What Are You Wasting In Your Handling of Wastewater, And Why?
As seen in Water Online
By Jon Dunham, Steel Toe Group
From Merriam-Webster Dictionary: Waste; noun –
- loss of something valuable that occurs because too much of it is being used or because it is being used in a way that is not necessary or effective;
- An action or use that results in the unnecessary loss of something valuable;
- A situation in which something valuable is not being used or is being used in a way that is not appropriate or effective.
When someone defines something that you are doing and the definition is not particularly pleasant in your view, how does that make you feel? Do you just ignore it? (And hope that the feeling goes away!) Do you find some way to justify your actions or do you have some other excuse? Or could it be that “We’ve always done it this way” and hope that that what you answer or how you respond is “good enough” to get by?
I can’t believe that someone who is licensed, degreed, trained, experienced or in a position of responsibility to their family, their boss, their clients, their community, and/or their ratepayers who would want to continue to waste the valuable assets or funds allocated to providing the most efficient method of moving wastewater today.
It has come to this! This waste can end.
For all these many years, wastewater (raw sewage) has been collected in wet wells located throughout municipalities. These wet wells are a source of foul odors in the neighborhoods caused by hydrogen sulfide (H₂S) gases. The electrical equipment corrodes and the steel pipes and iron fittings in these wet wells are crumbling due to the corrosive effects of the Hydrogen Sulfide, as is the concrete itself. Waste comes, and stays, and continues to come when replacing the equipment and the structure with the “same old thing.” No innovation and no sustainability.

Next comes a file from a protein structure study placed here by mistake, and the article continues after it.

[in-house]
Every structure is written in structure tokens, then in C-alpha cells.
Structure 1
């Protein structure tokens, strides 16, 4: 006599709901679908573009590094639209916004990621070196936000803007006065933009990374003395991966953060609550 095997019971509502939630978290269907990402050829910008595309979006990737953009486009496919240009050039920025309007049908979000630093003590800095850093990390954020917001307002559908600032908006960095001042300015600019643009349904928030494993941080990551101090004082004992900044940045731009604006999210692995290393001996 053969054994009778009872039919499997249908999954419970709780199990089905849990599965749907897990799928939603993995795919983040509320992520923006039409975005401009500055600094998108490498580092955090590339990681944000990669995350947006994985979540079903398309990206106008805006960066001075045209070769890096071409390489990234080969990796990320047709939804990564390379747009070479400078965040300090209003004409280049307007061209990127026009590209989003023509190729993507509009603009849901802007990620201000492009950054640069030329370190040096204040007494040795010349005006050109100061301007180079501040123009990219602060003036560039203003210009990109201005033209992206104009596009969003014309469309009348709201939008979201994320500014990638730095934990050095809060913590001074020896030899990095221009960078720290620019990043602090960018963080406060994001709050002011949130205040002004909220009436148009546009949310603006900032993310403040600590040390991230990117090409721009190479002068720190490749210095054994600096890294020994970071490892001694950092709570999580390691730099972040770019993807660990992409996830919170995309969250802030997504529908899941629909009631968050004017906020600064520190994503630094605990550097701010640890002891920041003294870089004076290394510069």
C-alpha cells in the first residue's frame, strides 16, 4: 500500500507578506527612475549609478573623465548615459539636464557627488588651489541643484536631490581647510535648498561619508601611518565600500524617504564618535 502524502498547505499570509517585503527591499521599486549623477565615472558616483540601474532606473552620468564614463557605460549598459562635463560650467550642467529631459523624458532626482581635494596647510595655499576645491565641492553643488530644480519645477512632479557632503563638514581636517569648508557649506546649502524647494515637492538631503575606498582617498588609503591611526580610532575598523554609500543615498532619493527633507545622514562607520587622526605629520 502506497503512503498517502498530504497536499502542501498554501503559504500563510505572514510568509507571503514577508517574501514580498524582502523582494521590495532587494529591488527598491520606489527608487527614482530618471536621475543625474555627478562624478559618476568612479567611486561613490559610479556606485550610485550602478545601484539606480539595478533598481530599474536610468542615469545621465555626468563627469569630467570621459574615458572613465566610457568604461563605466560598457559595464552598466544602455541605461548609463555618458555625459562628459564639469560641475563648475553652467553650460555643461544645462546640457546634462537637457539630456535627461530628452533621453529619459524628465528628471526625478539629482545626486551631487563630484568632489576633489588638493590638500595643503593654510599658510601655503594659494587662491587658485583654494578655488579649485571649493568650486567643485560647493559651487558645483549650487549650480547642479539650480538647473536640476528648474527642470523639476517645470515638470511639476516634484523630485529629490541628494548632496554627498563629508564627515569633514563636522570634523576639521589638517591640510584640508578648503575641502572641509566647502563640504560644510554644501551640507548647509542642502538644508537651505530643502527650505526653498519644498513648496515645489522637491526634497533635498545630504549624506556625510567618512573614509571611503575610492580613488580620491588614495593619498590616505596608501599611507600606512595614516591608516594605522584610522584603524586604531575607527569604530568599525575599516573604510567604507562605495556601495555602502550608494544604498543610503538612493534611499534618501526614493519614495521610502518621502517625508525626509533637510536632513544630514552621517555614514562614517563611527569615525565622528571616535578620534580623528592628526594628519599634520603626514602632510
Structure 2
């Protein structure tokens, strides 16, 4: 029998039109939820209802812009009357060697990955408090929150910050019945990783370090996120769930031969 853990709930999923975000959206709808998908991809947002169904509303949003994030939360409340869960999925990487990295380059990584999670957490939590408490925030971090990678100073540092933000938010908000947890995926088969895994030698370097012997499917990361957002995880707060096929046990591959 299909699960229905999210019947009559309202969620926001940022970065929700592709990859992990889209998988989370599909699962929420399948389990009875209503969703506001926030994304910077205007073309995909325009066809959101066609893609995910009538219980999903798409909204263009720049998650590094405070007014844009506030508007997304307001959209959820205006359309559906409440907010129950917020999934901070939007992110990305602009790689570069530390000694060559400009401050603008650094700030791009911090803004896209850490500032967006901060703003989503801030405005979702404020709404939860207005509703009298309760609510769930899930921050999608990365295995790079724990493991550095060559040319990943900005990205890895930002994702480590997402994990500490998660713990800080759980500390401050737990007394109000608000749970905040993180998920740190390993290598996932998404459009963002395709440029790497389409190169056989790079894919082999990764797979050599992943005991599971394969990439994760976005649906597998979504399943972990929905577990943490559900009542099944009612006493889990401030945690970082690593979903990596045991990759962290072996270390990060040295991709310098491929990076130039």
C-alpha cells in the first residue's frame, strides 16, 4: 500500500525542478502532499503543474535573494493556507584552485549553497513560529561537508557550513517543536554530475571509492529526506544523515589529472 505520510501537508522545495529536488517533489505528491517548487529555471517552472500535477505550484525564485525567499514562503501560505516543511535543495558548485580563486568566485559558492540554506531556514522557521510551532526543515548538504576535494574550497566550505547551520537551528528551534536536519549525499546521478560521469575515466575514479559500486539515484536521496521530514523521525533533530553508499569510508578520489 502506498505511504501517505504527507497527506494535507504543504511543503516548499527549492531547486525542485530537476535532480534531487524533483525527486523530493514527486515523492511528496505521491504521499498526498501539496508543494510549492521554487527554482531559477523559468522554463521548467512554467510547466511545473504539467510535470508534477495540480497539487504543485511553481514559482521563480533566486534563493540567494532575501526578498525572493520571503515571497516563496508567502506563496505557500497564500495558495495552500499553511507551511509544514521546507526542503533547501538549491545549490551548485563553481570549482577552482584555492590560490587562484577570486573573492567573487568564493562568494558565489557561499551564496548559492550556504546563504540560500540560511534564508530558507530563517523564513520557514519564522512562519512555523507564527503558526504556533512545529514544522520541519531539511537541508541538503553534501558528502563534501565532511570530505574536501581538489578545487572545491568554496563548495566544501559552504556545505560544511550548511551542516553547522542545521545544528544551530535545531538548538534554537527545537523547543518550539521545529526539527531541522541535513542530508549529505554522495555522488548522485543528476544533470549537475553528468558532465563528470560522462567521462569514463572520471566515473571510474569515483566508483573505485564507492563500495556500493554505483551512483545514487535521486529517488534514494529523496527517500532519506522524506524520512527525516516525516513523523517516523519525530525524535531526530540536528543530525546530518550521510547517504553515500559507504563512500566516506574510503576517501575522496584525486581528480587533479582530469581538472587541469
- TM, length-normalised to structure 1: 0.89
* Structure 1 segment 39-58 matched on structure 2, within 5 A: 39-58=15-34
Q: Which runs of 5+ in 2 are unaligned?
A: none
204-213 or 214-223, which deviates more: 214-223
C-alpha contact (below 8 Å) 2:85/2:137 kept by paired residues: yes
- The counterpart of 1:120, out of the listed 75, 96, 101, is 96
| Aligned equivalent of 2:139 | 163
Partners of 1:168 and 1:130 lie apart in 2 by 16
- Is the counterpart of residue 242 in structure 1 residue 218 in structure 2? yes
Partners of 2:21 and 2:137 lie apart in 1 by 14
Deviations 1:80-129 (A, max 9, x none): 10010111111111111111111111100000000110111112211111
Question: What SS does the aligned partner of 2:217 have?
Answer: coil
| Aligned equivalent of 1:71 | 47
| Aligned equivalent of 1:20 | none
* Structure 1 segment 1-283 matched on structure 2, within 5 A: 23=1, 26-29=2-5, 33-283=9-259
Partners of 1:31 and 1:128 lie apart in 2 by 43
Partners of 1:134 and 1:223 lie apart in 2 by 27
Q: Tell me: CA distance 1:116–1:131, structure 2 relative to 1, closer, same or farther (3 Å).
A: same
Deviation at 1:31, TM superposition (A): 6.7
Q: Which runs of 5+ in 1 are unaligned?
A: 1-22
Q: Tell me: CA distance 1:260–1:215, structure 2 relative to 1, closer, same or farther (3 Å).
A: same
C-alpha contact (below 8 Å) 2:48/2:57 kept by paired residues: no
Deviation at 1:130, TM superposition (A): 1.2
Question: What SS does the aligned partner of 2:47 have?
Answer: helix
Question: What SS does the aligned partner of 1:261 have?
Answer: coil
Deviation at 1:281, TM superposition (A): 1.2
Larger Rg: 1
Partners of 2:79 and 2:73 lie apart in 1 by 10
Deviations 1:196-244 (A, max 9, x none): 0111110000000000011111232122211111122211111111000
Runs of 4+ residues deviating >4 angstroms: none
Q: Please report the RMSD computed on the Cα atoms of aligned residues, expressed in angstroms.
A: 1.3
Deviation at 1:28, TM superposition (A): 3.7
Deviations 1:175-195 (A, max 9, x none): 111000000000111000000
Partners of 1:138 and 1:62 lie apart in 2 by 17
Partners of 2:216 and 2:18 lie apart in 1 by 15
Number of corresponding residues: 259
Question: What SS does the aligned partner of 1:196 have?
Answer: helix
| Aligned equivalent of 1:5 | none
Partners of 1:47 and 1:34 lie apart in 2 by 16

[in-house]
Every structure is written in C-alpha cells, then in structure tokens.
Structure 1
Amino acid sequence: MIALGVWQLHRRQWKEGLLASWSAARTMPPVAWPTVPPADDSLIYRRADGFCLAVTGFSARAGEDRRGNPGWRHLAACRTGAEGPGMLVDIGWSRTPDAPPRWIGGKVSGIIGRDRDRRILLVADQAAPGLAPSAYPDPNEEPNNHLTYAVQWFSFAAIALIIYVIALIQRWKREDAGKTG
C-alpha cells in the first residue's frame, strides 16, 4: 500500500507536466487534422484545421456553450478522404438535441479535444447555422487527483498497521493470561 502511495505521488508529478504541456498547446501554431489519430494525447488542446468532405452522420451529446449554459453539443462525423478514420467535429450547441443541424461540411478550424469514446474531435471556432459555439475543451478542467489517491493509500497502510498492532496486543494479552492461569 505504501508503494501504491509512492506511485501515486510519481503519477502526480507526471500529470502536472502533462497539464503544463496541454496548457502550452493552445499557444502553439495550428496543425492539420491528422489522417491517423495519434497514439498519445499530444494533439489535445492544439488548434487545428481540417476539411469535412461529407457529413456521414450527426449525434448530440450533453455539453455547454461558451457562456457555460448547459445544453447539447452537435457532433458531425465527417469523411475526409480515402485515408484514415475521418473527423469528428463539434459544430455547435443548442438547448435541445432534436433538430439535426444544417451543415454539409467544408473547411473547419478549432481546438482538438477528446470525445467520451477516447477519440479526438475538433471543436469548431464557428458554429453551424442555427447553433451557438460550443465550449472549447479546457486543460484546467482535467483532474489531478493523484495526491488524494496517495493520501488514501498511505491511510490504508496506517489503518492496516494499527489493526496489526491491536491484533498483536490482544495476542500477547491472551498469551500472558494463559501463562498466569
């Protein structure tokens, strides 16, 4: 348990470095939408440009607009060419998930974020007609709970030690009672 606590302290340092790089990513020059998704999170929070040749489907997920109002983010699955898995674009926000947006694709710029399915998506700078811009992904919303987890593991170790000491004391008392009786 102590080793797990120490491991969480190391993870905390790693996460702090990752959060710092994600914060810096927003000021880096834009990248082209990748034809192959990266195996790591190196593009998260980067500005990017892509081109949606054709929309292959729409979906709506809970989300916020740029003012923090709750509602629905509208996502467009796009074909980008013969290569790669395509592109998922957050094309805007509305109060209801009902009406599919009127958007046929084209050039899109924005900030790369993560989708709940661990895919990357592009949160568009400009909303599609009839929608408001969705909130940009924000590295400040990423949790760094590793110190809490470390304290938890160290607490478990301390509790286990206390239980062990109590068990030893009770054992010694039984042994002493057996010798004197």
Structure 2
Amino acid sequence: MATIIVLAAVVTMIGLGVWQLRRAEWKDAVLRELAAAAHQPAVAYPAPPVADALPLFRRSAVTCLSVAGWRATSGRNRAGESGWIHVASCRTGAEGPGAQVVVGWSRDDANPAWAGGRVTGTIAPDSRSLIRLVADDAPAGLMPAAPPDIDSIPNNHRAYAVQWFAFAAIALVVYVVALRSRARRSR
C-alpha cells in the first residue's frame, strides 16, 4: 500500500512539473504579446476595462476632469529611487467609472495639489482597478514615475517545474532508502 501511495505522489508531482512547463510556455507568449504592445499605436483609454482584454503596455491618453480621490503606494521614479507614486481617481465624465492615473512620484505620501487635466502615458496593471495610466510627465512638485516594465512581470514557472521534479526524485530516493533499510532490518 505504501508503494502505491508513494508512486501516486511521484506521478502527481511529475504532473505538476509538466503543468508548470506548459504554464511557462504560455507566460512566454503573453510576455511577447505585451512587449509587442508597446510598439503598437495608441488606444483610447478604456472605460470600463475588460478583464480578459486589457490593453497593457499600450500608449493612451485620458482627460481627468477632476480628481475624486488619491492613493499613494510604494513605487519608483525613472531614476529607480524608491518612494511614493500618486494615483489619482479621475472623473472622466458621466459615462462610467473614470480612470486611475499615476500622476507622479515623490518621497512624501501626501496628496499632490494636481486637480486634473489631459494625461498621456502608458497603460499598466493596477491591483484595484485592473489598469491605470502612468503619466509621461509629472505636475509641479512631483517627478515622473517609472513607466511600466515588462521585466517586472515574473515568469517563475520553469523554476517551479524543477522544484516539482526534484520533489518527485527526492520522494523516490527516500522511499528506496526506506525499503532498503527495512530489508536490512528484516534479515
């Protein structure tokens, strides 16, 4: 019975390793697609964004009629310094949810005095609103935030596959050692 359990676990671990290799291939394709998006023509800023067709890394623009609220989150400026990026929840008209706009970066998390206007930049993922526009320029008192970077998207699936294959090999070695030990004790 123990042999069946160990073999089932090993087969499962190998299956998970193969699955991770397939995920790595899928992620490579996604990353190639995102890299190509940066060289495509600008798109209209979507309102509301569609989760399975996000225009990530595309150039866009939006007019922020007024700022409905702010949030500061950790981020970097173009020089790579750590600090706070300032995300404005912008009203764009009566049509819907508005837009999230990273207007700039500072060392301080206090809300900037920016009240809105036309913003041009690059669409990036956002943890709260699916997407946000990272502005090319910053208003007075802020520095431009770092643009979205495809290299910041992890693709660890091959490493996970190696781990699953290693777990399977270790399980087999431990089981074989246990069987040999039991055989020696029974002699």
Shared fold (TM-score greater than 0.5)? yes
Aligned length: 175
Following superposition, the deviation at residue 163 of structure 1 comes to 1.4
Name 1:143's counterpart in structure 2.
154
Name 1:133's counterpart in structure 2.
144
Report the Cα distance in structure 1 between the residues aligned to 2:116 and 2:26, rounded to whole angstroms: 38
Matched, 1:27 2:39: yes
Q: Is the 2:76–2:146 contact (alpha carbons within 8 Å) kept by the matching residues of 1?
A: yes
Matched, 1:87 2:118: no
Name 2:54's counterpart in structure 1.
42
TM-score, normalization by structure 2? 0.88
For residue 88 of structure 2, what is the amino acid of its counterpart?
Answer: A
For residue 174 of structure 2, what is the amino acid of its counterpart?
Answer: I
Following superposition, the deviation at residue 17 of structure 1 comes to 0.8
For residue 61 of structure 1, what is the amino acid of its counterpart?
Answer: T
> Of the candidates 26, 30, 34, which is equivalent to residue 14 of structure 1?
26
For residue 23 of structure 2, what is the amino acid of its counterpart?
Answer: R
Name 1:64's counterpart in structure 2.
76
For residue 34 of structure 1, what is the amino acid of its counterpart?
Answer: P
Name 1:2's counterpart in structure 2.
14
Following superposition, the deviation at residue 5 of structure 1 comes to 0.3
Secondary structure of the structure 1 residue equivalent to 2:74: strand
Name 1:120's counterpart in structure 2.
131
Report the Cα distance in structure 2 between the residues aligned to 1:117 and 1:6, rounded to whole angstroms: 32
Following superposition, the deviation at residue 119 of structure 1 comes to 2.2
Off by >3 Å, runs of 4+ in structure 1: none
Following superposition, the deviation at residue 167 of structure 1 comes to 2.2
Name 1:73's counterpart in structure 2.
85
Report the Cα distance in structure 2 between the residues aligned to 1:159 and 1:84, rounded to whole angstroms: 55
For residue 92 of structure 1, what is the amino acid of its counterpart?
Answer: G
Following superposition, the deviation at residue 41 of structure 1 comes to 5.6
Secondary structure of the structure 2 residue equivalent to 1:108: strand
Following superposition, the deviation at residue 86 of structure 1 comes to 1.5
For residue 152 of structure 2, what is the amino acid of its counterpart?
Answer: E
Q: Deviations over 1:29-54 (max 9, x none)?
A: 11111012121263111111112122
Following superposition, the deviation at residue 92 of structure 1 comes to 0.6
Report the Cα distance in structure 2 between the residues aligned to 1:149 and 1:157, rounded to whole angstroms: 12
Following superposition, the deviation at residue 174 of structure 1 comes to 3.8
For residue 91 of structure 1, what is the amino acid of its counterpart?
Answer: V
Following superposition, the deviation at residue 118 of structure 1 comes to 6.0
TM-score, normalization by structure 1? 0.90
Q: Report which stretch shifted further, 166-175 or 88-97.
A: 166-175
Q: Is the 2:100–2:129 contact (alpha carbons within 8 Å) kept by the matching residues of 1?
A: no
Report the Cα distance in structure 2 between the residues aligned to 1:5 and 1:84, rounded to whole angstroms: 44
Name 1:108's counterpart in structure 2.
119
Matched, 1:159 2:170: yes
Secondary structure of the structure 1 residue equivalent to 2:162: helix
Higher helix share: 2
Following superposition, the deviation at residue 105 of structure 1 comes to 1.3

These wet wells are a collection source for all kinds of debris in addition to what is flushed down the toilets and other drains. The “disposable” wipes, the diapers, the cloths, clothing and whatever else can be forced down a toilet ends up in the wet well. Again, for all these many years, the same old submersible pumping system is expected to move the wastewater to the treatment plant. This same old submersible pumping system used to work before “flushables” were introduced and flushing became the way to dispose of the wipes and other hygienic products. There is now a heavy price being paid. It is the waste that comes from the many additional hours of labor needed to pull, unclog, clean, and maintain pumps. The waste that comes from the equipment needed and the continuing additional man-hours used to remove and haul the debris from the wet wells. These wastes can end.
The same old submersible pumps are still being used as the manufacturers have tried to convince you that they have made enough changes to eliminate the problems. They have changed the way they want the bottom of the wet well shaped … without ever mentioning that they hope to ease the clogging problems. They have changed the shape of their impellers, claiming that that is the fix. The point is that you still have a system that has been used for almost 60 years with no innovation and no sustainability; you will still have a wet well to collect raw sewage and all the other debris. You still have the odors and the hydrogen sulfide gas and you will still be wasting time and energy to pull, clean, and maintain the same old submersible pumps as the waste continues.